Allusions in Gary Snyder's "The Canyon Wren"
Published in Connotations Vol. 12.1 (2002/03)
Ling Chung’s reply to John Whalen-Bridge’s article on Gary Snyder’s “The Canyon Wren” (published in Connotations 8.1) further investigates the poem’s Japanese intertexts and finds another intertextual connection to the Chinese poet Su-Shih. Finally, the poem is placed in the context in Snyder’s respective volume of poems, Mountains and Rivers without End.
Gary Snyder's poem "The Canyon Wren"1) has attracted considerable critical attention. The most notable one is the debate between John Whalen-Bridge and Rajeev S. Patke published in Connotations. Instead of offering an interpretation of "The Canyon Wren" as a whole as these two did, my essay will delve into the meaning of several allusions in the poem and into the structural significance of the poem in the context of Mountains and Rivers Without End. It will also respond to some points raised by Whalen-Bridge and Patke.
"The Canyon Wren" was written in 1981 after Snyder and James and Carol Katz rode a raft down the torrents of the twisting Stanislaus River in the Sierra Nevada, California. They made this trip because that stretch of the river would soon go under the waters of the New Mellones Dam.2) The poem first describes the landscape from the viewpoint of the rafters who watched the wall-like cliffs,7) experienced the churning waters and encountered three different birds: a hawk, a mallard, and a wren. It was the wren's song that stayed with them during the day and throughout the journey. However, in the poem, they had listened to two tunes of nature: one being the wren's song, and the other the stream's song. When they camped by the stream, it was the song of the stream they heard consciously or unconsciously all night.
When Snyder dealt with the essence and the metaphysical trans-formation of the water element, he employed neither allusion to English nor to American literature. Instead, he cited quotations from Chinese and Japanese writers: a great Chinese poet, Su Shih (alias Su Tung P'o 1036-1101), and a Japanese Zen master, Dôgen Eihei (1200-1253). I think the reason why these two writers were chosen is that not only had both written beautiful lines permeated with a Zen flavour, but also that Snyder was fully aware of the relationship between these two writers, in that Dôgen had looked for spiritual guidance in Su Shih's work. Snyder quoted Su Shih's lines in his essay "The Old Masters and the Old Women: Foreword to Sōiku Shigematsu's A Zen Forest," "Valley sounds: / the eloquent / tongue- / Mountain form: / isn't it / Pure Body?" and pointed out that "This is part of a poem by Su Shih. The Japanese master Dôgen was so taken with this poem that he used it as the basis for an essay, Keisei Sanshoku, 'Valley sounds, mountain form'" (A Place 104). No wonder in "The Canyon Wren" Su's lines were placed before Dôgen's. Snyder adequately rendered the title of Su Shih's poem "bai-bu hong" as the "Hundred Pace Rapids" and translated one of its lines (Su 891-92) as: "I stare at the water / it moves with unspeakable slowness" (Axe 111). A literal rendering of the Chinese line by Su Shih should read: "I turn back to watch this water. It flows extremely slow and easy." Snyder's rendering of the line as "I stare at the water" has omitted the act of "turning back."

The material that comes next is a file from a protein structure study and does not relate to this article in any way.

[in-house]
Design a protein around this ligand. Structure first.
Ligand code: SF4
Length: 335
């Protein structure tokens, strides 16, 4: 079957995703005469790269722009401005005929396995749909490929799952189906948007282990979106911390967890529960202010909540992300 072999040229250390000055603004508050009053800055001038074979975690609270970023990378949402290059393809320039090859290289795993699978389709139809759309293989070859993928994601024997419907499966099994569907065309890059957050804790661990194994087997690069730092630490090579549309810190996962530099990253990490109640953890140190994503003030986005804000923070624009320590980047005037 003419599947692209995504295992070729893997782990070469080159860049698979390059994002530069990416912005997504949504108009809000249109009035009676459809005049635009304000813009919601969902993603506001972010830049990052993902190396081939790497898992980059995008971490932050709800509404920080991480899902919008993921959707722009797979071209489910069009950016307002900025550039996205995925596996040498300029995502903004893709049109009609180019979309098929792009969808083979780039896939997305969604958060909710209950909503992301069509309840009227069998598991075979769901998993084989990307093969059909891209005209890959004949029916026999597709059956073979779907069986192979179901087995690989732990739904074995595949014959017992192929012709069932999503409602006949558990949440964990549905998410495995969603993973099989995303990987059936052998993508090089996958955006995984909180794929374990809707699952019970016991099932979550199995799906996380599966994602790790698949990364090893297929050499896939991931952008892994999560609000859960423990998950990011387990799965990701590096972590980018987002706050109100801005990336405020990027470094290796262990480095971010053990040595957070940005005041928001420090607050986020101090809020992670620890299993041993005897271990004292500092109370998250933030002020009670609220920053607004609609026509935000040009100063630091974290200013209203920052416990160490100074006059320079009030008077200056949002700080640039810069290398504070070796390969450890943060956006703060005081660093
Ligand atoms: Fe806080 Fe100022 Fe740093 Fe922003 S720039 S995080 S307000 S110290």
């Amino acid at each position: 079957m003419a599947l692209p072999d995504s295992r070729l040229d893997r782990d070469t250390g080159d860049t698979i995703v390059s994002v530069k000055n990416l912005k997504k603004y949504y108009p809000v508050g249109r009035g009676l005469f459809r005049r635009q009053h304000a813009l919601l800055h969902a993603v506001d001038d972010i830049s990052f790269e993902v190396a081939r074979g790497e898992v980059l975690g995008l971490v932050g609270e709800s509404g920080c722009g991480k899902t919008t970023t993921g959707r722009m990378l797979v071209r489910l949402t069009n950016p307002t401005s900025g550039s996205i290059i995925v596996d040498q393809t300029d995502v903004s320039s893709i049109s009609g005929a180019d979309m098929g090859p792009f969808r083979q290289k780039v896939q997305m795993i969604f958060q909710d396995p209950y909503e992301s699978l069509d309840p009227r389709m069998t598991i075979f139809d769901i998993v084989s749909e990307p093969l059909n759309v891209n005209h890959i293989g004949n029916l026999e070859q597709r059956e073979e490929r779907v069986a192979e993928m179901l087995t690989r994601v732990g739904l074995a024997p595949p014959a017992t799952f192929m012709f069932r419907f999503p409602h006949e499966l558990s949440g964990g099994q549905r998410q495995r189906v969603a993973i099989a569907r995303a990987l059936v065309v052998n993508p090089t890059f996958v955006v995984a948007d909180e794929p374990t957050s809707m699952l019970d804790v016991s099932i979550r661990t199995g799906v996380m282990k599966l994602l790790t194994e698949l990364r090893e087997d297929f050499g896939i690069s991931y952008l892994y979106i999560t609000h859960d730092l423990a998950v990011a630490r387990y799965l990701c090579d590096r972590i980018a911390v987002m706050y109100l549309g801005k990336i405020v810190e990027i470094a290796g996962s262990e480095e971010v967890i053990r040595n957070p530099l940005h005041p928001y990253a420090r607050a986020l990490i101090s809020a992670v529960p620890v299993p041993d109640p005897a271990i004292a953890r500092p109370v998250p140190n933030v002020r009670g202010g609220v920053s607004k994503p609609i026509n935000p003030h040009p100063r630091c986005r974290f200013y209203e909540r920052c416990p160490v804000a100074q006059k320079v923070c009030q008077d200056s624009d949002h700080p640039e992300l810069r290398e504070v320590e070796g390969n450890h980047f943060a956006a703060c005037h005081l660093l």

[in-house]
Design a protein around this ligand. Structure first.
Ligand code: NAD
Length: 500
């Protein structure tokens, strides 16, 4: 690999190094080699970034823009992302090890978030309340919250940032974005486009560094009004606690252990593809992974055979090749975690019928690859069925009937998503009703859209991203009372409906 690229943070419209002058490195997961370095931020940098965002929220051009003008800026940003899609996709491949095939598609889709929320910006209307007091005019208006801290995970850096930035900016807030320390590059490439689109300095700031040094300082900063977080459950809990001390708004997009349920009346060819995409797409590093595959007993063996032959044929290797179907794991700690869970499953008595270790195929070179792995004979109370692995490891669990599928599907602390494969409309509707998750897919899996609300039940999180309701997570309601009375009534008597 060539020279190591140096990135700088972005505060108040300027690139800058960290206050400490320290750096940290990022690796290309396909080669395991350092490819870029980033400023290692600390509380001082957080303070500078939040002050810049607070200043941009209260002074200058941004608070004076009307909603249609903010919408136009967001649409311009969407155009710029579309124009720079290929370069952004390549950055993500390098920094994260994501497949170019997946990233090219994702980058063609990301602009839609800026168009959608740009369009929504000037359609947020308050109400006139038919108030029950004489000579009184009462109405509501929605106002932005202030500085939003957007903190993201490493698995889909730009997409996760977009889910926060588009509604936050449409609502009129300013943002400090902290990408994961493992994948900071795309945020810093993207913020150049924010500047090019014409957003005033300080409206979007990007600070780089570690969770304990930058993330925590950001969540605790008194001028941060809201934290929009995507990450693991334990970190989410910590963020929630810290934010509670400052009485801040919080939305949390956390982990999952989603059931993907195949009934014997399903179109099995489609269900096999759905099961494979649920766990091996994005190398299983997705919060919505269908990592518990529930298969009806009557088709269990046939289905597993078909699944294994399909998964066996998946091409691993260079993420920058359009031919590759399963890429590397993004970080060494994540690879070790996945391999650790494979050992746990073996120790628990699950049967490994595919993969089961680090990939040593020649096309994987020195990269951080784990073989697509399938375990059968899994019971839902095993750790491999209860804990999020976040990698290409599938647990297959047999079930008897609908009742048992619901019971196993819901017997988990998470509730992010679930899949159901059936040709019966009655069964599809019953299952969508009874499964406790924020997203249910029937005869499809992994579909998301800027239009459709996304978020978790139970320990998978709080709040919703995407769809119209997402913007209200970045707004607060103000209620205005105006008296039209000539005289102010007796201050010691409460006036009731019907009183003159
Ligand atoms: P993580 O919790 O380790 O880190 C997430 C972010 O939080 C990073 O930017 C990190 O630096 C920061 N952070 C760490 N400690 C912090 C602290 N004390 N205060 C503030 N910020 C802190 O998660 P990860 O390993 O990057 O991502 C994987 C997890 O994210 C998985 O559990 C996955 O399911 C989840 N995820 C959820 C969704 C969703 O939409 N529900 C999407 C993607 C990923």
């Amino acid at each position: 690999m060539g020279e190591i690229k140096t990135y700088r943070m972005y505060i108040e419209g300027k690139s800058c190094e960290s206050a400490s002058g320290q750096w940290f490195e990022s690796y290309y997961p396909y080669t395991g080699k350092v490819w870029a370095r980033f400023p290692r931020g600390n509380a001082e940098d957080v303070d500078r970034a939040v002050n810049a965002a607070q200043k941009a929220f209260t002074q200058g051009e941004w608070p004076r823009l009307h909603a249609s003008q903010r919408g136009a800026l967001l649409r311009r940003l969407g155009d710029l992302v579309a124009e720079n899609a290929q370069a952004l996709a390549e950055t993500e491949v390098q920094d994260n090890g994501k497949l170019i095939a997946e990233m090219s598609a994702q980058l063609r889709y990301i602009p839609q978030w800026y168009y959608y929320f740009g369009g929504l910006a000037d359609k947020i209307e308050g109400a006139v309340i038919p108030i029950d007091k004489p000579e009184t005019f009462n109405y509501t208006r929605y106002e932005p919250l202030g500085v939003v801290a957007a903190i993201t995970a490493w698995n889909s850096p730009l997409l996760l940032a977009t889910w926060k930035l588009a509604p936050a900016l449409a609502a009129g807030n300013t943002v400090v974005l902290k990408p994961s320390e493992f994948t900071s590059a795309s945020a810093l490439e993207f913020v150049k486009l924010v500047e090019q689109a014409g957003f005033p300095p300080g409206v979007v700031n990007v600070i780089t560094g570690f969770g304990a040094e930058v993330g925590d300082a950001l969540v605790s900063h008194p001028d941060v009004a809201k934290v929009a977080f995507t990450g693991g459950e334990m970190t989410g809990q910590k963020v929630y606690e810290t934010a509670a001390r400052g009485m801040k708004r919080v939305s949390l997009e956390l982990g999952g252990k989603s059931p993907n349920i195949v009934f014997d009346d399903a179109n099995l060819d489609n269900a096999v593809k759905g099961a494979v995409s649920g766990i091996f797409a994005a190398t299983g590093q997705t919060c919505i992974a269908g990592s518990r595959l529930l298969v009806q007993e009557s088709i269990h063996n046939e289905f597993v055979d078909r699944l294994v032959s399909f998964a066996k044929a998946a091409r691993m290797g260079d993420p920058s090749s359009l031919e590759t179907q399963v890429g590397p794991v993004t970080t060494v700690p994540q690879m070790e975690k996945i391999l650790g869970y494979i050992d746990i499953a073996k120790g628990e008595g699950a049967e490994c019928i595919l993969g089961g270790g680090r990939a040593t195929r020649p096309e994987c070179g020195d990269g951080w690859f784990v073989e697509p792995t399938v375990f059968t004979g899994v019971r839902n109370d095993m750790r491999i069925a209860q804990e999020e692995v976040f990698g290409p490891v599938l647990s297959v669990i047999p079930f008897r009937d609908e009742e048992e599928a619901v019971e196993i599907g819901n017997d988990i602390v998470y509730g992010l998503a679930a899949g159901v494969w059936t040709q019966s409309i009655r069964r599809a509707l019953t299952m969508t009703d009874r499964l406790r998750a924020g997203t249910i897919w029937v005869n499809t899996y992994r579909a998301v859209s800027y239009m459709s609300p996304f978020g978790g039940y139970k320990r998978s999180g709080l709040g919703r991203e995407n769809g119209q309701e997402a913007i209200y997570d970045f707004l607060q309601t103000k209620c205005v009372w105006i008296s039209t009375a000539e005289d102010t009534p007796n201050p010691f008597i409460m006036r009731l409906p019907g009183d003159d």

This omission may be due to the fact that the mind of the persona in "The Canyon Wren" did not travel across extensive time and vast space, so there is nowhere to "turn back" from. On the other hand, the imagination of the persona in Su Shih's poem soared as the persona and his friends sped down the torrents of the river. In fact, his imagination traveled from Xu Zhou3) in southern China to a northern foreign country, Korea, and then returned seven hundred years to the fourth century to visit the bronze camels that had guarded the Lo Yang palace in central China. Here Su Shih referred to an allusion of So Jing in the "Biography of So Jing," an official in the fourth century who had predicted an oncoming rebellion, and prophesied that thorns would bury the bronze camels and the palace (Jin Shu, juan 60, p. 22). It is only after Su Shih's imagination had traveled across a vast terrestrial space and through seven hundred years that the swift rapids would look "slow and easy."
Space and time in Snyder's poem do not expand as much as those in Su Shih's, nor is there a quasi-shamanistic journey of flight like that in Su's, for the space covers only a short stretch of Stanislaus River in the Sierra Nevada and the time returns a little over one hundred years to the period of the Gold Rush. Thus, the space and time continuum in Snyder's poem is far more limited in scope than Su Shih's. However, Snyder's poem carries its own touching power by presenting a strong contrast between the experience of the objective reality and different visions of that reality. In other words, the torrent image of the Stanislaus River is set against Su Shih's and Dôgen's visions of slow-moving water: Su Shih's vision being "I stare at the water. / It moves with unspeakable slowness" while Dôgen's being "mountain flow / water is the palace of the dragon / it does not flow away" (Axe 111). Here Snyder presents the different perspectives of two Far Eastern men of wisdom to form a multilateral dialogue on the perception of the water element.